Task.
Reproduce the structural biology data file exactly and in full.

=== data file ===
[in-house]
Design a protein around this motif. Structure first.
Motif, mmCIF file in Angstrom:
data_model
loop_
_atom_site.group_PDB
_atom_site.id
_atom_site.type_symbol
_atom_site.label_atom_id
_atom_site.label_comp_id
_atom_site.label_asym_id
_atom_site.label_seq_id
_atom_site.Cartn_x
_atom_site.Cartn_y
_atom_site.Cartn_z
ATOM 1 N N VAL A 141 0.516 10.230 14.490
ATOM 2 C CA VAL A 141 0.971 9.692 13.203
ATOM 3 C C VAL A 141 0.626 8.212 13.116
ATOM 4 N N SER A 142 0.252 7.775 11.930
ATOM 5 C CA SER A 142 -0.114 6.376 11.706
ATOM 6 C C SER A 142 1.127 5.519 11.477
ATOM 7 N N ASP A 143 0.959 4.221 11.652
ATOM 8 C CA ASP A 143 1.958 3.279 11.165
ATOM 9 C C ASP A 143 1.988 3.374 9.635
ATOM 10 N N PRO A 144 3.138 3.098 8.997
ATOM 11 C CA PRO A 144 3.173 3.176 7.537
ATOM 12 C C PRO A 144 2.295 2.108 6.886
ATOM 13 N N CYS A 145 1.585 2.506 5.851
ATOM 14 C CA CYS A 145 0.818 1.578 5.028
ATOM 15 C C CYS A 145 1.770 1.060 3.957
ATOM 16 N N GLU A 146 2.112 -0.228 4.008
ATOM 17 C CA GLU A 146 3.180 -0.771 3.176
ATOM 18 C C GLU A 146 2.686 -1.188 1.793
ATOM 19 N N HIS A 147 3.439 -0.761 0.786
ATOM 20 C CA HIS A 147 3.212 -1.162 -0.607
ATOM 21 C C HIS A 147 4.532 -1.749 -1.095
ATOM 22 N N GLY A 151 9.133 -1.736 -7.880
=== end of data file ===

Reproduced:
[in-house]
Design a protein around this motif. Structure first.
Motif, mmCIF file in Angstrom:
data_model
loop_
_atom_site.group_PDB
_atom_site.id
_atom_site.type_symbol
_atom_site.label_atom_id
_atom_site.label_comp_id
_atom_site.label_asym_id
_atom_site.label_seq_id
_atom_site.Cartn_x
_atom_site.Cartn_y
_atom_site.Cartn_z
ATOM 1 N N VAL A 141 0.516 10.230 14.490
ATOM 2 C CA VAL A 141 0.971 9.692 13.203
ATOM 3 C C VAL A 141 0.626 8.212 13.116
ATOM 4 N N SER A 142 0.252 7.775 11.930
ATOM 5 C CA SER A 142 -0.114 6.376 11.706
ATOM 6 C C SER A 142 1.127 5.519 11.477
ATOM 7 N N ASP A 143 0.959 4.221 11.652
ATOM 8 C CA ASP A 143 1.958 3.279 11.165
ATOM 9 C C ASP A 143 1.988 3.374 9.635
ATOM 10 N N PRO A 144 3.138 3.098 8.997
ATOM 11 C CA PRO A 144 3.173 3.176 7.537
ATOM 12 C C PRO A 144 2.295 2.108 6.886
ATOM 13 N N CYS A 145 1.585 2.506 5.851
ATOM 14 C CA CYS A 145 0.818 1.578 5.028
ATOM 15 C C CYS A 145 1.770 1.060 3.957
ATOM 16 N N GLU A 146 2.112 -0.228 4.008
ATOM 17 C CA GLU A 146 3.180 -0.771 3.176
ATOM 18 C C GLU A 146 2.686 -1.188 1.793
ATOM 19 N N HIS A 147 3.439 -0.761 0.786
ATOM 20 C CA HIS A 147 3.212 -1.162 -0.607
ATOM 21 C C HIS A 147 4.532 -1.749 -1.095
ATOM 22 N N GLY A 151 9.133 -1.736 -7.880